Dots per inch is a ratio of the number of pixels (dots) for each inch of your printed image. To determine the dpi of a given image, take the number of pixels on one side divided by the number of inches of the final print. For a photograph with 2400 x 3000 pixels, it would have a dpi of 300 when printed as an 8 x 10 but only a dpi of 150 as a 16 x 20.

Before printing, always double-check your dpi to make sure that you have adequate resolution to keep your photographs looking great.

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Craig A. Lance

Interesting. I have the Canon EOS Rebel T4i/650D with a maximum 3:2 resolution of 5184×3456. I just sold my first enlargement last month, an 11×14 print (turned out awesome). I used Photoshop to export it to a 4267×3353 JPG at 300 dpi before sending it off to the printer. I did the math and at that resolution it would actually turn out to be 304.8 dpi. Yet EXIF metadata still reports 300 dpi. I guess it rounded down a bit. Where did the extra little pixels go?

So, I thought I’d try exporting (in Ps I’m using Save As…) cropped to 16×20 and see how what dpi it would decide on. I know my T4i isn’t able to make a print that size at 300 dpi. The EXIT metadata reports 209 dpi just as I calculated. I wonder how good it would look printed at 16×20? Now, if I could only find a buyer.


Many companies will ask when printing an image on canvas for whether you want the image wrapped around the canvas sides or if you’d like for them to use an edge portion of the image to be duplicated and matched for the wrap. This will work for most images since the photographer rarely utilize an edge in such a way this is not possible. You lose none of the image to the wrap. If this option isn’t given by the company ask if it is. If the answer is no you might want to look for another printer who does.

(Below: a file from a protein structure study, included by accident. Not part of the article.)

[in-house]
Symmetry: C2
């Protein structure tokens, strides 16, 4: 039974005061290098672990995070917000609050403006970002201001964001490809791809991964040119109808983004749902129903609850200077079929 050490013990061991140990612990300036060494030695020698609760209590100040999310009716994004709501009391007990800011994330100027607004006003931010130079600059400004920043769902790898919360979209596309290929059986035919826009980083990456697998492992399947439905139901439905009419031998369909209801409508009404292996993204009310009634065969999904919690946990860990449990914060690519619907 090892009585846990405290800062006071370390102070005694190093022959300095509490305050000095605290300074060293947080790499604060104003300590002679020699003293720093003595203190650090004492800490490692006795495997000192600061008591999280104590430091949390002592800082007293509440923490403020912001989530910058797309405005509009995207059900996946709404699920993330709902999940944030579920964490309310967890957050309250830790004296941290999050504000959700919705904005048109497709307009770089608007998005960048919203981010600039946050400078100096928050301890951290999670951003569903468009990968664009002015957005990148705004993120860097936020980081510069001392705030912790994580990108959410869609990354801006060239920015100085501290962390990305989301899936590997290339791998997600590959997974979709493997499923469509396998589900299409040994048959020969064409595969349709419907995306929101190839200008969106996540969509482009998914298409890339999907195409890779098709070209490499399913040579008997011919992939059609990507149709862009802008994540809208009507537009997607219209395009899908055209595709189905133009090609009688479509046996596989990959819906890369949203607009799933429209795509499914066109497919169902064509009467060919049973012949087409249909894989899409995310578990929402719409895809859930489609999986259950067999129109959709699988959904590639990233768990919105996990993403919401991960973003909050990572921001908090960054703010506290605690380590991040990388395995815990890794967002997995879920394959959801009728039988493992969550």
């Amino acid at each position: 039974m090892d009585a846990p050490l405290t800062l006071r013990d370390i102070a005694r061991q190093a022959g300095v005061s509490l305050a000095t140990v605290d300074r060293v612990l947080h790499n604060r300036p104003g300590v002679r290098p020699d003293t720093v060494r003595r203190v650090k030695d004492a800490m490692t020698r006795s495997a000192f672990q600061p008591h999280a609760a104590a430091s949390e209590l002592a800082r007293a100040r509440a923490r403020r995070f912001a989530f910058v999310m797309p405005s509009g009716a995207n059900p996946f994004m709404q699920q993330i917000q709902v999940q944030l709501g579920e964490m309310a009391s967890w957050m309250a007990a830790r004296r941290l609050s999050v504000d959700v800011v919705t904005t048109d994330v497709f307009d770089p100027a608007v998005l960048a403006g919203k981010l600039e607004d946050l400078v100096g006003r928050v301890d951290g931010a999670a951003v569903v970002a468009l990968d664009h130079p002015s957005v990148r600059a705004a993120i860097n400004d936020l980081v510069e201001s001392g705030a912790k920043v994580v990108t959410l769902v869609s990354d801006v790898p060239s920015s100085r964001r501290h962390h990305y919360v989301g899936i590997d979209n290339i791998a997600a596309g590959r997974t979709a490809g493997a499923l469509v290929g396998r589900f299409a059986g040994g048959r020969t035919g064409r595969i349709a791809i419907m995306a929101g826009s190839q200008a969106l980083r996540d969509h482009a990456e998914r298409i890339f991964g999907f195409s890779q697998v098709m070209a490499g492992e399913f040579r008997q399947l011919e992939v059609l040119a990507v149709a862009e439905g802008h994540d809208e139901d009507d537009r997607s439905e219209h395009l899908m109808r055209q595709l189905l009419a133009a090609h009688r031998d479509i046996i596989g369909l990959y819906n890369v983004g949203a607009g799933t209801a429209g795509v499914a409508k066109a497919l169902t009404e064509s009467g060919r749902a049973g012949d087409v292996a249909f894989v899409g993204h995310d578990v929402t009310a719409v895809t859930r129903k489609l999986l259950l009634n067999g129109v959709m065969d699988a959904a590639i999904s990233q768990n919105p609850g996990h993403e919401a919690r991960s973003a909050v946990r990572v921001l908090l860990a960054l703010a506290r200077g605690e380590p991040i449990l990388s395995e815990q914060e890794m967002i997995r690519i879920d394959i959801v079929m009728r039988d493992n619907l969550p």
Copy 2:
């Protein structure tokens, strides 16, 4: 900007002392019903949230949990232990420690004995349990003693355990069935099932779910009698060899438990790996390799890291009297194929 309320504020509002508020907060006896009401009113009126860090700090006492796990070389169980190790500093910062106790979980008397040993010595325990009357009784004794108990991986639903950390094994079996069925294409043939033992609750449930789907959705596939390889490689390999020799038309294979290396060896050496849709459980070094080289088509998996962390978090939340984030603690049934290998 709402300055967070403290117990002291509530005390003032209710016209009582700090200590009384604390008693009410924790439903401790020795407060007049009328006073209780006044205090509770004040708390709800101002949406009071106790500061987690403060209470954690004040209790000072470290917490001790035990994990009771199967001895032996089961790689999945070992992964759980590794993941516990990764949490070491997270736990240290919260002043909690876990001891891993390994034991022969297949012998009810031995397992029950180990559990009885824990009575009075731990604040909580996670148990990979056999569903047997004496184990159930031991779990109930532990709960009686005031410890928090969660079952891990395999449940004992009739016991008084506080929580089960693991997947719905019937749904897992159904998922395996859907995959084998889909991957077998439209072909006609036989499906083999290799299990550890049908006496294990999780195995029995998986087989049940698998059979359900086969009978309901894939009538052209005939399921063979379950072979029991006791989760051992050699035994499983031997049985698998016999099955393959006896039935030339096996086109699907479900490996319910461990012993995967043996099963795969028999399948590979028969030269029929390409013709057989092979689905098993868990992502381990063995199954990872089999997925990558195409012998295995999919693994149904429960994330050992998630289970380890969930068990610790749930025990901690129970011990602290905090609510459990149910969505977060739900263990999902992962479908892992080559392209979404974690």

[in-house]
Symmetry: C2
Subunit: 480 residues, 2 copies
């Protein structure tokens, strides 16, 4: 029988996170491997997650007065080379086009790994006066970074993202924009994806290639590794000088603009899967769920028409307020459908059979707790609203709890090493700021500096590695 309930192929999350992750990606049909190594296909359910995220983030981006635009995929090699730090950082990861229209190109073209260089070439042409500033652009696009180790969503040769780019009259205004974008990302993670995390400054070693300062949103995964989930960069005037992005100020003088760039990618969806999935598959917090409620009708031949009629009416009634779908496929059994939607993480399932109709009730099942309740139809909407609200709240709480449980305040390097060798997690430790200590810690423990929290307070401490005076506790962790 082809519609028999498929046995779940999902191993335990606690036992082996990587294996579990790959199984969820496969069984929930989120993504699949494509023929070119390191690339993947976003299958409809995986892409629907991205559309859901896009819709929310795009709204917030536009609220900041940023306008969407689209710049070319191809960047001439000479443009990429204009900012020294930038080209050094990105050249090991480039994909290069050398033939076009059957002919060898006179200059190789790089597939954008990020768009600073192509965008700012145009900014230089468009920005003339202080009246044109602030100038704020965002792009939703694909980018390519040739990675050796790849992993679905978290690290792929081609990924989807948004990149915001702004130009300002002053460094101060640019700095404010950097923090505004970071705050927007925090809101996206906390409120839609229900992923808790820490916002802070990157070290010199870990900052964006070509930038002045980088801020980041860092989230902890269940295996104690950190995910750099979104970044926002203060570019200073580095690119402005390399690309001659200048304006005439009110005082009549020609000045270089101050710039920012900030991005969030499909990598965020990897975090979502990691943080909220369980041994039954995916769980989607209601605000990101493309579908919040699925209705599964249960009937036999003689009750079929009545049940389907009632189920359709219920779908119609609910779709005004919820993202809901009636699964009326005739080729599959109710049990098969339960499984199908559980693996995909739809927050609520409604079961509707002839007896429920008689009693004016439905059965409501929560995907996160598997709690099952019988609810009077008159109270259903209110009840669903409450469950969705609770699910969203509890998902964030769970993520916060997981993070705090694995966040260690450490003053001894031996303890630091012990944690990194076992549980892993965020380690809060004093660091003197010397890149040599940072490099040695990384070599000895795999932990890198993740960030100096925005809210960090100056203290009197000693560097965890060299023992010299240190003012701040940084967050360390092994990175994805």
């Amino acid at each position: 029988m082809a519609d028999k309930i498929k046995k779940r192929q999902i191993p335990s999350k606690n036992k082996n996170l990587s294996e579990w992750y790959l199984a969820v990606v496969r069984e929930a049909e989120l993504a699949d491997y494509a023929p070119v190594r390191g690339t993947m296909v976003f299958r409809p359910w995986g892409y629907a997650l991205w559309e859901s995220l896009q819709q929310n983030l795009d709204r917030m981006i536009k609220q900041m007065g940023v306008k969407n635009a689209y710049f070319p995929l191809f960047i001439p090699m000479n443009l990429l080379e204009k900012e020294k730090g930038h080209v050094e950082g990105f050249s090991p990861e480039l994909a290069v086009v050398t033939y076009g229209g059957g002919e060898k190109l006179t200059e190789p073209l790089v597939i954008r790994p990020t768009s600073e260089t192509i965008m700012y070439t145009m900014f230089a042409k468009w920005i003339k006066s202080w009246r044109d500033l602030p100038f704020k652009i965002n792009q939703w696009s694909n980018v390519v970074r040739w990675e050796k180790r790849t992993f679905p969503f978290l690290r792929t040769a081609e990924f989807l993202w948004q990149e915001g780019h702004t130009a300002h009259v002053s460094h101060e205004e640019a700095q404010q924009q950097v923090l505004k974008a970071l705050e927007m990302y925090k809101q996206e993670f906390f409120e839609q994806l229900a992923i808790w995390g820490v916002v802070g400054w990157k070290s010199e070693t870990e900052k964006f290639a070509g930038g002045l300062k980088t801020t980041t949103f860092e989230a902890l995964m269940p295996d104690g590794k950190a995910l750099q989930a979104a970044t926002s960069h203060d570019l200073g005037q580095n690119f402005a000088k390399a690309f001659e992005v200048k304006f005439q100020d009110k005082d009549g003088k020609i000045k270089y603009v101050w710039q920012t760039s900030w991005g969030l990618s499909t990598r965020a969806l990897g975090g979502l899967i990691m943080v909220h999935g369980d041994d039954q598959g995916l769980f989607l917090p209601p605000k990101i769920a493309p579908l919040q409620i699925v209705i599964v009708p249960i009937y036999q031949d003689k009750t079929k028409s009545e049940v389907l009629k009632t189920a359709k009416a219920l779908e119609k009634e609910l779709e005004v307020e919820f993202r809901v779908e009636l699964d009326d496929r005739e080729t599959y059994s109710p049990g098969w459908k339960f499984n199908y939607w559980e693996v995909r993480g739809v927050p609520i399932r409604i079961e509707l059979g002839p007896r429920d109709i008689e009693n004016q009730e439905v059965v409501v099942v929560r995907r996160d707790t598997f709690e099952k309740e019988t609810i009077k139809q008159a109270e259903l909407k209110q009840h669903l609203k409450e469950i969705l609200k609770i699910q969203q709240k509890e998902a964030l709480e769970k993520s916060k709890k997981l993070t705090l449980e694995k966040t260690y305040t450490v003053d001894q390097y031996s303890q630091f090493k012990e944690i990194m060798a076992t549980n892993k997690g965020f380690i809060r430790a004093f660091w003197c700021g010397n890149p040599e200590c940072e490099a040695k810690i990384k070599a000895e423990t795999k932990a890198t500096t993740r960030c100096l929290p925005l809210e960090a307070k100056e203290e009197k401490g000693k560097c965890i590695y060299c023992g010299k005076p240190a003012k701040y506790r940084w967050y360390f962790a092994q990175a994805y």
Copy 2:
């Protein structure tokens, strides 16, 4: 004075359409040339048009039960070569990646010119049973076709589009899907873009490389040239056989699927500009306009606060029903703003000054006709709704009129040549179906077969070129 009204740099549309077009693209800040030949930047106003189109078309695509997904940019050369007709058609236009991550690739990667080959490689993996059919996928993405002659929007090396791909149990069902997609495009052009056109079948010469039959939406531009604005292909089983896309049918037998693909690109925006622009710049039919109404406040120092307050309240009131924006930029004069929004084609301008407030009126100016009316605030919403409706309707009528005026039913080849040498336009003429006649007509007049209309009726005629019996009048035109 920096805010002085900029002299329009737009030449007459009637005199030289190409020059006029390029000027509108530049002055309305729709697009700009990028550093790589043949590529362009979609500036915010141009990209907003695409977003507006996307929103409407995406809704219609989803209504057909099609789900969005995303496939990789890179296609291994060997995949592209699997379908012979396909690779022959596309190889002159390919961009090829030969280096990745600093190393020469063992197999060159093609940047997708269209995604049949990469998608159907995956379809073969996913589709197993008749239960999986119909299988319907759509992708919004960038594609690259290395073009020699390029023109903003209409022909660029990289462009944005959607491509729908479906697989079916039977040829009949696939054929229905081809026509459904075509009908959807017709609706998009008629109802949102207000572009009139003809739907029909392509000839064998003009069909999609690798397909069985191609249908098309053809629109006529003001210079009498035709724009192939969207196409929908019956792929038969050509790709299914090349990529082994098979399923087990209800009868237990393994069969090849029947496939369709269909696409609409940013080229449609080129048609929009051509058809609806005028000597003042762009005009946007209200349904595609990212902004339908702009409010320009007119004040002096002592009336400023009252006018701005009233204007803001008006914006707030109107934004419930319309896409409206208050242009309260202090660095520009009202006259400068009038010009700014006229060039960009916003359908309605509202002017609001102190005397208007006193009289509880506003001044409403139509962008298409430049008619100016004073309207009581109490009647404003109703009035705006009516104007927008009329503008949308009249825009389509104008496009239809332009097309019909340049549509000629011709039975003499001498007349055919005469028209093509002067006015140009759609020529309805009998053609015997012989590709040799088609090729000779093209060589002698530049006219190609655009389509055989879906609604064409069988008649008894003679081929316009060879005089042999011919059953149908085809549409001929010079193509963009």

Michael Colby

DPI and PPI are not equivalent terms

Dots per inch is a ratio of the number of pixels (dots) for each inch of your printed image.

PPI = Pixel Density, measurement of the pixel density (resolution) of an electronic image

DPI = resolution number of dots per inch in a digital print and the printing resolution of a hard copy print dot gain

(In printing) DPI (dots per inch) refers to the output resolution of a printer or imagesetter, and PPI (pixels per inch) refers to the input resolution of a photograph or image. DPI refers to the physical dot density of an image when it is reproduced as a real physical entity, for example printed onto paper.

1 pixel in the image is not necessarily (and mostly not) represented by 1 dot on the printed page.


Thanks, Michael Colby, for this necessary idea


I’m on the fence about this, while more customization is good, I have a feeling this is a “in-progress” update, it just feels incomplete and half-way there.
We use badge layout for apps on design approvals (visual projects), so the image being displayed is important. Old layout “feels like” it had larger images,
maybe because the images were cropped more loosely so it’s easier to tell which project it was at quick glance. Now the image is cropped closer, making it
harder to scan thru at quick glance. I find myself needing to click into the project more often than usual. Which makes the whole user experience less
I have a couple suggestions that might make it work better:
1. Increase the height of the window the cover image is being displayed.
2. Let us to choose which image to be displayed as “cover” (like how Pinterest handles cover images of each board, was hoping for this for a long time)
3. Let us adjust which part of the image to show and how tight or loose the crop is (with a fixed window, let us move the image around and maybe enlarge or
shrink it to control what shows thru the window. Pinterest does a limited form of this, which is very useful in making the cover image relevant)
4. Allow Cover Image to be ordered in different hierarchy (currently every element can be ordered differently except the Cover Image, it seems to be stuck
in the 2nd spot, would like the option to set it on another spot in the layout. This one seems like an easy fix, since you guys allow that for every other
element already)